Stack Overflow is a community of 4.7 million programmers, just like you, helping each other.

Join them; it only takes a minute:

Sign up
Join the Stack Overflow community to:
  1. Ask programming questions
  2. Answer and help your peers
  3. Get recognized for your expertise

I have a database of coordinates in the schema:


I've set up my google maps application to show the markers effectively on the screen. However I need to add another feature whereby the user can view all pointers that fall within the radius from a central point.

How would I write up a sql statement of the kind:

Select all pointers that fall within a 10 mile radius of X & Y
share|improve this question

The SQL below should work:

SELECT * FROM Table1 a 
          acos(sin(a.Latitude * 0.0175) * sin(YOUR_LATITUDE_X * 0.0175) 
               + cos(a.Latitude * 0.0175) * cos(YOUR_LATITUDE_X * 0.0175) *    
                 cos((YOUR_LONGITUDE_Y * 0.0175) - (a.Longitude * 0.0175))
              ) * 3959 <= YOUR_RADIUS_INMILES

This is based on the spherical law of cosines, for more detailed information on the topic, check out this article -

share|improve this answer
Latitude is Y, Longitude is X. Which means which in this instance? – bukko Nov 20 '12 at 15:00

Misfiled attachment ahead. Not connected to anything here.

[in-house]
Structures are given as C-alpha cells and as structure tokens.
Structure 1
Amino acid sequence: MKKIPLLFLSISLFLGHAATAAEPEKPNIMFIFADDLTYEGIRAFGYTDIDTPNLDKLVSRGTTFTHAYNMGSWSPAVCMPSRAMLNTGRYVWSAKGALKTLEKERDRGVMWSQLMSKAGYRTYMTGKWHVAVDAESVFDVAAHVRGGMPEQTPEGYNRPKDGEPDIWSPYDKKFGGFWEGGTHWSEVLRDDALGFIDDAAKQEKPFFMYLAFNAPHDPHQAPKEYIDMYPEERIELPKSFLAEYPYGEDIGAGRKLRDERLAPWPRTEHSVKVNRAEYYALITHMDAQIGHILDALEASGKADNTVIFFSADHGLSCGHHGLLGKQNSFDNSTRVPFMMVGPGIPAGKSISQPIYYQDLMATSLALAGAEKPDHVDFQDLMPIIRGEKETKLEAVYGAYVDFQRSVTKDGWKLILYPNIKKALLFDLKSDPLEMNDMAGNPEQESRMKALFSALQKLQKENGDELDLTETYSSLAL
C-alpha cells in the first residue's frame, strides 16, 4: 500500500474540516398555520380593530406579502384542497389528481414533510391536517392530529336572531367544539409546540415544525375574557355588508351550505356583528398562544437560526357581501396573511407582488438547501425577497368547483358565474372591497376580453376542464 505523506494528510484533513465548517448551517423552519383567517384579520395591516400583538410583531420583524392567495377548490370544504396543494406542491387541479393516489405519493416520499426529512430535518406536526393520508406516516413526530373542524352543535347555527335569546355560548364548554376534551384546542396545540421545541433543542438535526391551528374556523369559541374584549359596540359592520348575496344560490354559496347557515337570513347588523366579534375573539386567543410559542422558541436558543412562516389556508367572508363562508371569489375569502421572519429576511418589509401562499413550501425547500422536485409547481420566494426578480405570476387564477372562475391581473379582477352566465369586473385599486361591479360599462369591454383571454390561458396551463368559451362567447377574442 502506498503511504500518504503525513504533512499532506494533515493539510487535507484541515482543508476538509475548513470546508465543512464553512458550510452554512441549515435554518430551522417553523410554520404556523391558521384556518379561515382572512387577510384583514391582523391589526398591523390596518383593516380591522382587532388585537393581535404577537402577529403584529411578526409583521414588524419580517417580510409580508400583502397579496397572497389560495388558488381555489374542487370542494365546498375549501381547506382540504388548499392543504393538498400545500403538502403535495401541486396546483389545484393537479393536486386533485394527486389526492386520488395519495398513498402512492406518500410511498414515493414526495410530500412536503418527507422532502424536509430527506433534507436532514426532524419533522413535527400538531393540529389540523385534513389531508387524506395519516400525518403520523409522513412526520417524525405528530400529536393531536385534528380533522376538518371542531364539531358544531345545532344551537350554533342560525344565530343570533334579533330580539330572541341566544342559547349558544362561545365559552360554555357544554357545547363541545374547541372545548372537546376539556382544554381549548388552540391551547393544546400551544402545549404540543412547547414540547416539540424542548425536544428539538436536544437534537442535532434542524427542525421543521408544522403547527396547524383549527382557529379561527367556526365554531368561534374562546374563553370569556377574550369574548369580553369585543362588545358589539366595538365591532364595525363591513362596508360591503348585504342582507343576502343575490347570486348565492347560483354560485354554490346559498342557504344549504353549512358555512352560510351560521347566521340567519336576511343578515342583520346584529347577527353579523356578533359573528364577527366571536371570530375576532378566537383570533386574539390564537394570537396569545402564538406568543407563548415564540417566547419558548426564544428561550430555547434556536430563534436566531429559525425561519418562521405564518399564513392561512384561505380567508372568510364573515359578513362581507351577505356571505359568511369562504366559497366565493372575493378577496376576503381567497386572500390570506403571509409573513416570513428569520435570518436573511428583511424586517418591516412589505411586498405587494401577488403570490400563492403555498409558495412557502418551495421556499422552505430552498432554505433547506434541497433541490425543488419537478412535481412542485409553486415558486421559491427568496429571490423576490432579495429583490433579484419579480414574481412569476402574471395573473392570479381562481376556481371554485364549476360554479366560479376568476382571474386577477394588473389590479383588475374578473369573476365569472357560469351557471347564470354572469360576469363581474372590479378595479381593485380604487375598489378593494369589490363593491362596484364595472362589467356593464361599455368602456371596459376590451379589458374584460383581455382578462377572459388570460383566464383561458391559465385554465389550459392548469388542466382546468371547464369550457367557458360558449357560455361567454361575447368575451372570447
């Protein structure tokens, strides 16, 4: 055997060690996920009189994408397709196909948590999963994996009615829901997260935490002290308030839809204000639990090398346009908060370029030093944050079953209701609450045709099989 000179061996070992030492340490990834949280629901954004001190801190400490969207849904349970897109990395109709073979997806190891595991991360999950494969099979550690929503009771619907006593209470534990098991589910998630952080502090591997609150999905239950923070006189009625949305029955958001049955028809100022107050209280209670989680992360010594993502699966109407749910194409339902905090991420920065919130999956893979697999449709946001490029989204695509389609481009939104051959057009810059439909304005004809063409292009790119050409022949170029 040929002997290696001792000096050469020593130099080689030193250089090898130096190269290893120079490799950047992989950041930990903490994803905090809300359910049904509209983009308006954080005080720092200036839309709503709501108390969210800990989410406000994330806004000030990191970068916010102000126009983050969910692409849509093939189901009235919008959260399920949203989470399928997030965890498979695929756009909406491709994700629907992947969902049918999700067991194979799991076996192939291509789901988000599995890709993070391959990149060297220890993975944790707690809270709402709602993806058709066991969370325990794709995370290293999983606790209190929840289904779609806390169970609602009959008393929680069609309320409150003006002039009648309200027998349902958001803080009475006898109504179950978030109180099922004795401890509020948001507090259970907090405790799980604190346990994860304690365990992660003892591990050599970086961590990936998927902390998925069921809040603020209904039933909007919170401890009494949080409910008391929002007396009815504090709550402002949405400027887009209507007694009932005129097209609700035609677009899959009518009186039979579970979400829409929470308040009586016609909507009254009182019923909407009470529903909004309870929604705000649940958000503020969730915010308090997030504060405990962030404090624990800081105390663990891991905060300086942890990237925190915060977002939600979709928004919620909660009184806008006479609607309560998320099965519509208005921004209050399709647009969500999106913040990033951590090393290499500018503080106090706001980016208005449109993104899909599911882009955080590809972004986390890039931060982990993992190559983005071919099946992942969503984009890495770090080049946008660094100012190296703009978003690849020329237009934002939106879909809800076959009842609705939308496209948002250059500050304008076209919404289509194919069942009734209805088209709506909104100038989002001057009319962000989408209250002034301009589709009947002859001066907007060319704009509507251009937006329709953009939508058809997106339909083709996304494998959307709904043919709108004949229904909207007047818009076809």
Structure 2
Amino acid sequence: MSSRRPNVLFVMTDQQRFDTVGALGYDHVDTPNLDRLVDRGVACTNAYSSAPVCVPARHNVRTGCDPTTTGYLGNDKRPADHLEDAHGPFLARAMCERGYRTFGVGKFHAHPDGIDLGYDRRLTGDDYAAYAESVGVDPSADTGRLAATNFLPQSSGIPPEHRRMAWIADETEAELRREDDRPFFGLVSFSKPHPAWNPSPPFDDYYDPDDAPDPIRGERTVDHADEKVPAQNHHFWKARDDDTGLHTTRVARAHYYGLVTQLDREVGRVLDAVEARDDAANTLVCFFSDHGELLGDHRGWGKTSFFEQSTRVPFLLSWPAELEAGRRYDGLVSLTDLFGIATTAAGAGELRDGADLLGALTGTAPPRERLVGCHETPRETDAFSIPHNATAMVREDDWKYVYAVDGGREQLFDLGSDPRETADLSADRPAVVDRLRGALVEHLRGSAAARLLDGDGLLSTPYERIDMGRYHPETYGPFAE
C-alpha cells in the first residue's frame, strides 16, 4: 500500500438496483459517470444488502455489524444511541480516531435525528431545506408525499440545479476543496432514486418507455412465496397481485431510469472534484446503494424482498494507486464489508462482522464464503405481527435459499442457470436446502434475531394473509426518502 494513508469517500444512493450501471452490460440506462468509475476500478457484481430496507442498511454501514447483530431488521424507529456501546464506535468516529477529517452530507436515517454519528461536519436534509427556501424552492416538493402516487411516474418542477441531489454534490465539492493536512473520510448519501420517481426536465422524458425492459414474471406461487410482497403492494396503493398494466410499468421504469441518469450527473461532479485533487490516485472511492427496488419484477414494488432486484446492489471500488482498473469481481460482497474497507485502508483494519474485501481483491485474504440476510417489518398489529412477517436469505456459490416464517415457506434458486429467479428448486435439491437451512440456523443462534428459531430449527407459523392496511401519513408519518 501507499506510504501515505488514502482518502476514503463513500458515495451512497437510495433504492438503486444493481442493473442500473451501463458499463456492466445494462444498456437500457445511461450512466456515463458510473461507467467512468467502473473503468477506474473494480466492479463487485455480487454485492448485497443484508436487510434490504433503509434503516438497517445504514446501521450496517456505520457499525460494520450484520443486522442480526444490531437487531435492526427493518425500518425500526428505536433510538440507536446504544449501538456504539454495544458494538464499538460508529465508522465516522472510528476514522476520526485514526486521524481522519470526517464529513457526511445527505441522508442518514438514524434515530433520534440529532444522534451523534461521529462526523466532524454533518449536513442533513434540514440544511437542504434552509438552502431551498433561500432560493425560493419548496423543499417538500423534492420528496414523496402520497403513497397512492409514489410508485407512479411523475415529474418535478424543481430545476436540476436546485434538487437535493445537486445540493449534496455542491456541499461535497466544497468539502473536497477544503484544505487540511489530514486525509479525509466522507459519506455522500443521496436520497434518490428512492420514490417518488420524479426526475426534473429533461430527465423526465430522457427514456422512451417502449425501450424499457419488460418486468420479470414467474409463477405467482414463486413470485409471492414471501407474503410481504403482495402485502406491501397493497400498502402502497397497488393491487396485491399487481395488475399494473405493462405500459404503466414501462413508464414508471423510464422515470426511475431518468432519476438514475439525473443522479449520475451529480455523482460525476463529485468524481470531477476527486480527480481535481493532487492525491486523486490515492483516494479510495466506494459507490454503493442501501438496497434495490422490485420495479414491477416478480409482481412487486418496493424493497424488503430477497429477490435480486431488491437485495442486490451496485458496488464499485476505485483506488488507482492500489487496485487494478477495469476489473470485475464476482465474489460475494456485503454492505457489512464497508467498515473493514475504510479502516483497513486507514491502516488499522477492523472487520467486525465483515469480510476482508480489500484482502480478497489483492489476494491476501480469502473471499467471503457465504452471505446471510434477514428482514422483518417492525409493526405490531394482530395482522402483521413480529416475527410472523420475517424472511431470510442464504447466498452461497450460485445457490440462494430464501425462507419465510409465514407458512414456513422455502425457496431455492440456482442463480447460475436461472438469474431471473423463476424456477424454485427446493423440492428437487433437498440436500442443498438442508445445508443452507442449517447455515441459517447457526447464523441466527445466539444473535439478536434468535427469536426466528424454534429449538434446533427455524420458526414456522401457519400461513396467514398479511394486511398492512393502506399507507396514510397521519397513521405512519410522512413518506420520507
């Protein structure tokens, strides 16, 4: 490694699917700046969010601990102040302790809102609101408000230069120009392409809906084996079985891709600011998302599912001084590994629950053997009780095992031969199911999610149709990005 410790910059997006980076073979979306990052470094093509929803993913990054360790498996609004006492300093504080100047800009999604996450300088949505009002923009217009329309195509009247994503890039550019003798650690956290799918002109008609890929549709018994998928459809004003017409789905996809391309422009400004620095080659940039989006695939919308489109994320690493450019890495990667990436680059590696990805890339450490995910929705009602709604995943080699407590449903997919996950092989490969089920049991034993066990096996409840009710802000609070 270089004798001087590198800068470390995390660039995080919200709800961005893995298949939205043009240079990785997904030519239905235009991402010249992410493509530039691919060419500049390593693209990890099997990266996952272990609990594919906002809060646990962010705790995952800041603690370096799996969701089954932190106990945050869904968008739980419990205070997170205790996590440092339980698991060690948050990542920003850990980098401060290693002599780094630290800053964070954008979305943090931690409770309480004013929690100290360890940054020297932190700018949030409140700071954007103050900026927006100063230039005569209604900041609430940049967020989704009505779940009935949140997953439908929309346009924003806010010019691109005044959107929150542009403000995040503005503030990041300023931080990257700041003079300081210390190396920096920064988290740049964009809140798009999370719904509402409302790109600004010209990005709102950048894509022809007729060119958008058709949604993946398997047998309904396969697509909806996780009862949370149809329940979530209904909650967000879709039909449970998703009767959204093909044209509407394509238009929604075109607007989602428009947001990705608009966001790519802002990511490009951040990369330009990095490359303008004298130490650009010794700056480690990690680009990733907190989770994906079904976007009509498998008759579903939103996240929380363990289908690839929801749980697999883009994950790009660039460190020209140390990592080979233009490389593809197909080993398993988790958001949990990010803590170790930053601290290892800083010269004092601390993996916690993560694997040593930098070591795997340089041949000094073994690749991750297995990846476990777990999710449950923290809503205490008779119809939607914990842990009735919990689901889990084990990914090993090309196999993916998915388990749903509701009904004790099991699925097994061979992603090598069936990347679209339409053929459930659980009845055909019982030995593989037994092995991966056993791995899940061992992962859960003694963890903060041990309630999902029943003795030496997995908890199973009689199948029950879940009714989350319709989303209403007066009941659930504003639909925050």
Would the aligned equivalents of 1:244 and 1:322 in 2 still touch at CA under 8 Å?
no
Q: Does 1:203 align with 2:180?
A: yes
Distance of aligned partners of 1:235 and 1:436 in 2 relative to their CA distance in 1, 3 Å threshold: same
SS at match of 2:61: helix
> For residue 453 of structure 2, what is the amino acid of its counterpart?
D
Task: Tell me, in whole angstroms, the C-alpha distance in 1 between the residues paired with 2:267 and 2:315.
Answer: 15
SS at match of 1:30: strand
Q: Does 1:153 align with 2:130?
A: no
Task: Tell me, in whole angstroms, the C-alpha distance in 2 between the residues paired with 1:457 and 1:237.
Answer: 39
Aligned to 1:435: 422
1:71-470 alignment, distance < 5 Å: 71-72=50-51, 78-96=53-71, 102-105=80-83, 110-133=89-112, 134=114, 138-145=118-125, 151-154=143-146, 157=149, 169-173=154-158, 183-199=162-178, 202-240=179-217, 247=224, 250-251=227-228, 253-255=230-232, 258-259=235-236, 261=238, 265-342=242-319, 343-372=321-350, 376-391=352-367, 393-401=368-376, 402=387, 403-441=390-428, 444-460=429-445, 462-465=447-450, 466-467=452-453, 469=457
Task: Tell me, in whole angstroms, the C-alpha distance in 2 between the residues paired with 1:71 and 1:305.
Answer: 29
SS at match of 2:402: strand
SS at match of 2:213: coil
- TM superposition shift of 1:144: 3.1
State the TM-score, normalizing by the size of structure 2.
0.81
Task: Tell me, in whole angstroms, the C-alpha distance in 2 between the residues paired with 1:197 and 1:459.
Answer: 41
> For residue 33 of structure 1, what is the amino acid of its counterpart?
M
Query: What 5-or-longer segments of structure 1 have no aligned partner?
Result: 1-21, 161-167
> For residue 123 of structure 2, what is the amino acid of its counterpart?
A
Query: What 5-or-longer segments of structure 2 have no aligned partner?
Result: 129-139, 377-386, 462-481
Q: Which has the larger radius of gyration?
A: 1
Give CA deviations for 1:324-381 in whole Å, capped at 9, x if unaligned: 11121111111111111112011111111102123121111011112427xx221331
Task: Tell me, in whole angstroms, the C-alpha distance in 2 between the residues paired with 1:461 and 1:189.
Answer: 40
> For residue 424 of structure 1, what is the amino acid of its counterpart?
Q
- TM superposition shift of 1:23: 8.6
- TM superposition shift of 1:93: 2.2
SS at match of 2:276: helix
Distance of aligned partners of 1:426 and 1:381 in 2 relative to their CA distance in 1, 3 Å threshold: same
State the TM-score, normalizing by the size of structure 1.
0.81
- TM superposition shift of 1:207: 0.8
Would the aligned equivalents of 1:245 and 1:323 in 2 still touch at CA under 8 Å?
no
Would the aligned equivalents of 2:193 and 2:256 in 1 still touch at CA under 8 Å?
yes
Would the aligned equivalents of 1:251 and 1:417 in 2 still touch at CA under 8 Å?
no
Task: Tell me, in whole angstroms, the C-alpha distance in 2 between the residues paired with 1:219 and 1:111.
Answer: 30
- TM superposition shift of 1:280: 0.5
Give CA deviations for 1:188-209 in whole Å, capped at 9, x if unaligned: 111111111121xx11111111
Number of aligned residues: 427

You probably need to do this in two steps. Select the points that lie within a 20 mile square with it's centre at X,Y. Assuming you calculate the top,left and bottom,right coordinates of the square first you can get all the points inside the square from the database with:

select * from coordinates where longitude < right and longitude > left and 
latitude < top and latitude > bottom;

The second step is to see whether the set of points is inside the 10 mile radius circle. At this point I would be tempted to use Google maps to calculate the distance between the points and the centre of your square using the google.maps.geometry.spherical.computeDistanceBetween(from:LatLng, to:LatLng, radius?:number)function. Check the answer is less than 10 miles. This function uses the radius of the earth as a default.

share|improve this answer
This would work (unless you're far too in the north or the south, near the poles - where your square would look more like a trapezium (trapezoid) or even a triangle). – ypercubeᵀᴹ Oct 16 '11 at 22:43

Your Answer


By posting your answer, you agree to the privacy policy and terms of service.

Not the answer you're looking for? Browse other questions tagged or ask your own question.